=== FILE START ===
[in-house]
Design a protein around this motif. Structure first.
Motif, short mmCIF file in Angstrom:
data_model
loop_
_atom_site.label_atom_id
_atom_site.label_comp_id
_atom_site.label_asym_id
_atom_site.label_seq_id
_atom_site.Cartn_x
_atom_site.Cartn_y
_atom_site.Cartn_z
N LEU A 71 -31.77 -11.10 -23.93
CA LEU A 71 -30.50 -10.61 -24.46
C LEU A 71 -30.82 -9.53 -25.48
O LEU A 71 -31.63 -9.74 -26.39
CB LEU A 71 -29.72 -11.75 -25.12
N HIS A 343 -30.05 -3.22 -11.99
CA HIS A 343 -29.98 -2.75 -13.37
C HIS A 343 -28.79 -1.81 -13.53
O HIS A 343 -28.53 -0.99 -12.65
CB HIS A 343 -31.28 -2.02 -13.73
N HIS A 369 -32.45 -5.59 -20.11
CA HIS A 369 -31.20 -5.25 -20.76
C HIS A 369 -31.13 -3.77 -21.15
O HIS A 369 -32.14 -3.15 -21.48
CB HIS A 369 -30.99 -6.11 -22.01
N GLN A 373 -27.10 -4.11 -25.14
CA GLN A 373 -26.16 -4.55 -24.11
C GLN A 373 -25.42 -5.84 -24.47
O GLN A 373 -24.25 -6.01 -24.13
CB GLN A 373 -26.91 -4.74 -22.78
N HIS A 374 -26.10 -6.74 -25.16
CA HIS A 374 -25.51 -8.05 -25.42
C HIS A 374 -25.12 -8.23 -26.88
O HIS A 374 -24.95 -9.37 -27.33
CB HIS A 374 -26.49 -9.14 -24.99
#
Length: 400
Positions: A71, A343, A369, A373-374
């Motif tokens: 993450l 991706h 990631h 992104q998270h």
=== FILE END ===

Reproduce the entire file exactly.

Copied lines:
[in-house]
Design a protein around this motif. Structure first.
Motif, short mmCIF file in Angstrom:
data_model
loop_
_atom_site.label_atom_id
_atom_site.label_comp_id
_atom_site.label_asym_id
_atom_site.label_seq_id
_atom_site.Cartn_x
_atom_site.Cartn_y
_atom_site.Cartn_z
N LEU A 71 -31.77 -11.10 -23.93
CA LEU A 71 -30.50 -10.61 -24.46
C LEU A 71 -30.82 -9.53 -25.48
O LEU A 71 -31.63 -9.74 -26.39
CB LEU A 71 -29.72 -11.75 -25.12
N HIS A 343 -30.05 -3.22 -11.99
CA HIS A 343 -29.98 -2.75 -13.37
C HIS A 343 -28.79 -1.81 -13.53
O HIS A 343 -28.53 -0.99 -12.65
CB HIS A 343 -31.28 -2.02 -13.73
N HIS A 369 -32.45 -5.59 -20.11
CA HIS A 369 -31.20 -5.25 -20.76
C HIS A 369 -31.13 -3.77 -21.15
O HIS A 369 -32.14 -3.15 -21.48
CB HIS A 369 -30.99 -6.11 -22.01
N GLN A 373 -27.10 -4.11 -25.14
CA GLN A 373 -26.16 -4.55 -24.11
C GLN A 373 -25.42 -5.84 -24.47
O GLN A 373 -24.25 -6.01 -24.13
CB GLN A 373 -26.91 -4.74 -22.78
N HIS A 374 -26.10 -6.74 -25.16
CA HIS A 374 -25.51 -8.05 -25.42
C HIS A 374 -25.12 -8.23 -26.88
O HIS A 374 -24.95 -9.37 -27.33
CB HIS A 374 -26.49 -9.14 -24.99
#
Length: 400
Positions: A71, A343, A369, A373-374
């Motif tokens: 993450l 991706h 990631h 992104q998270h």